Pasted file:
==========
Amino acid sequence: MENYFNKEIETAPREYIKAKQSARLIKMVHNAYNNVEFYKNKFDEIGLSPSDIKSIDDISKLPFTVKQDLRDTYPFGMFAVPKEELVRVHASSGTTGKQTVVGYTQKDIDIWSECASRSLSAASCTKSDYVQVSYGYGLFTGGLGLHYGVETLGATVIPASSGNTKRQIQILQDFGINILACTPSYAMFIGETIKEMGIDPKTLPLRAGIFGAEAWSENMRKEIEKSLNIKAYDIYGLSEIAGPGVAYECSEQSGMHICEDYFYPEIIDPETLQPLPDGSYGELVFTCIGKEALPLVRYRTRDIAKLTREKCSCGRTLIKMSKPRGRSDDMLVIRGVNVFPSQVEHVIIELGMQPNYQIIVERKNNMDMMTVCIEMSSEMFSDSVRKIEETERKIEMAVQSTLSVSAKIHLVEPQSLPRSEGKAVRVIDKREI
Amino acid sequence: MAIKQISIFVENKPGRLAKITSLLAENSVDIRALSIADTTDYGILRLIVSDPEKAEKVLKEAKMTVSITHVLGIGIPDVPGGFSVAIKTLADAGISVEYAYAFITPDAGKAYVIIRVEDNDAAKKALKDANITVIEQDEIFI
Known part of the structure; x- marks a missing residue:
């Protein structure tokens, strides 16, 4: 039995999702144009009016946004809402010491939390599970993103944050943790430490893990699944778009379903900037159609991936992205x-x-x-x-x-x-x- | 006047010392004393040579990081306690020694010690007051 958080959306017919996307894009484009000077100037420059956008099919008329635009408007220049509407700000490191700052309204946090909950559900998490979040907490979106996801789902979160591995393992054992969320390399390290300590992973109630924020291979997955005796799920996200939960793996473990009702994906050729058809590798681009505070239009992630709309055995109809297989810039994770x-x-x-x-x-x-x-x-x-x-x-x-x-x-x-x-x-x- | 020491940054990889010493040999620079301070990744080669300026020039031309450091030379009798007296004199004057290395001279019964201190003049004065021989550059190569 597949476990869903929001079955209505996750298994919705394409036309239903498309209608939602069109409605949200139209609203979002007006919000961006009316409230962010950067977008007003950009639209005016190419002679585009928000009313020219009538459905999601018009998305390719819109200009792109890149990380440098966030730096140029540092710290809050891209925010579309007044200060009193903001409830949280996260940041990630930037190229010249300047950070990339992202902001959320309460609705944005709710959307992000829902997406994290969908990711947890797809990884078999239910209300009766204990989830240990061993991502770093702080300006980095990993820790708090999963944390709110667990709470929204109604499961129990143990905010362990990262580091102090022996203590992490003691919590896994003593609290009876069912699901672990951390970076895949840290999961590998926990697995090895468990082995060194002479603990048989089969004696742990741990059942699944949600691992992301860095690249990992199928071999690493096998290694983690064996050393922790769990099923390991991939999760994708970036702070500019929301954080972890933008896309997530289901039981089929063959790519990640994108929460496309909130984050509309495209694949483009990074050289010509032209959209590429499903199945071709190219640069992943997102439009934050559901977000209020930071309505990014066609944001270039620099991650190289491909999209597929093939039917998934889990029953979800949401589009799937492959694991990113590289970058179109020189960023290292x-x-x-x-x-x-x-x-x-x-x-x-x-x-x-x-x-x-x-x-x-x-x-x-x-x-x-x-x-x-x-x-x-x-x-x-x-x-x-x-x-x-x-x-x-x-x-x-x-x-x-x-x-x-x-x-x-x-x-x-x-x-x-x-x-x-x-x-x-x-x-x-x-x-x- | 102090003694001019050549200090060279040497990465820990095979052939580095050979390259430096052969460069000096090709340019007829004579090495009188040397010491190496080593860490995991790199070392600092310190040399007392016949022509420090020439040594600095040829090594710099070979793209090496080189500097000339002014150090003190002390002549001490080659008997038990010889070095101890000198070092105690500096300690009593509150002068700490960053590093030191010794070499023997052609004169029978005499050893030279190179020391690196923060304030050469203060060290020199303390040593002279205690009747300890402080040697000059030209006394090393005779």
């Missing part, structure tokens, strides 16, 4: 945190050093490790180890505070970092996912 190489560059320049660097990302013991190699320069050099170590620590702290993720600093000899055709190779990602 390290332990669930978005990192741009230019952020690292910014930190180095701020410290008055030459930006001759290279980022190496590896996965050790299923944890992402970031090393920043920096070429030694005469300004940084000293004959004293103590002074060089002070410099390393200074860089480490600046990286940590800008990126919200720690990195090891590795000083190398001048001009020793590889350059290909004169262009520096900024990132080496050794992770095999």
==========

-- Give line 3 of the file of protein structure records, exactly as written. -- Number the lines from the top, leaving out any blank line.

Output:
Known part of the structure; x- marks a missing residue: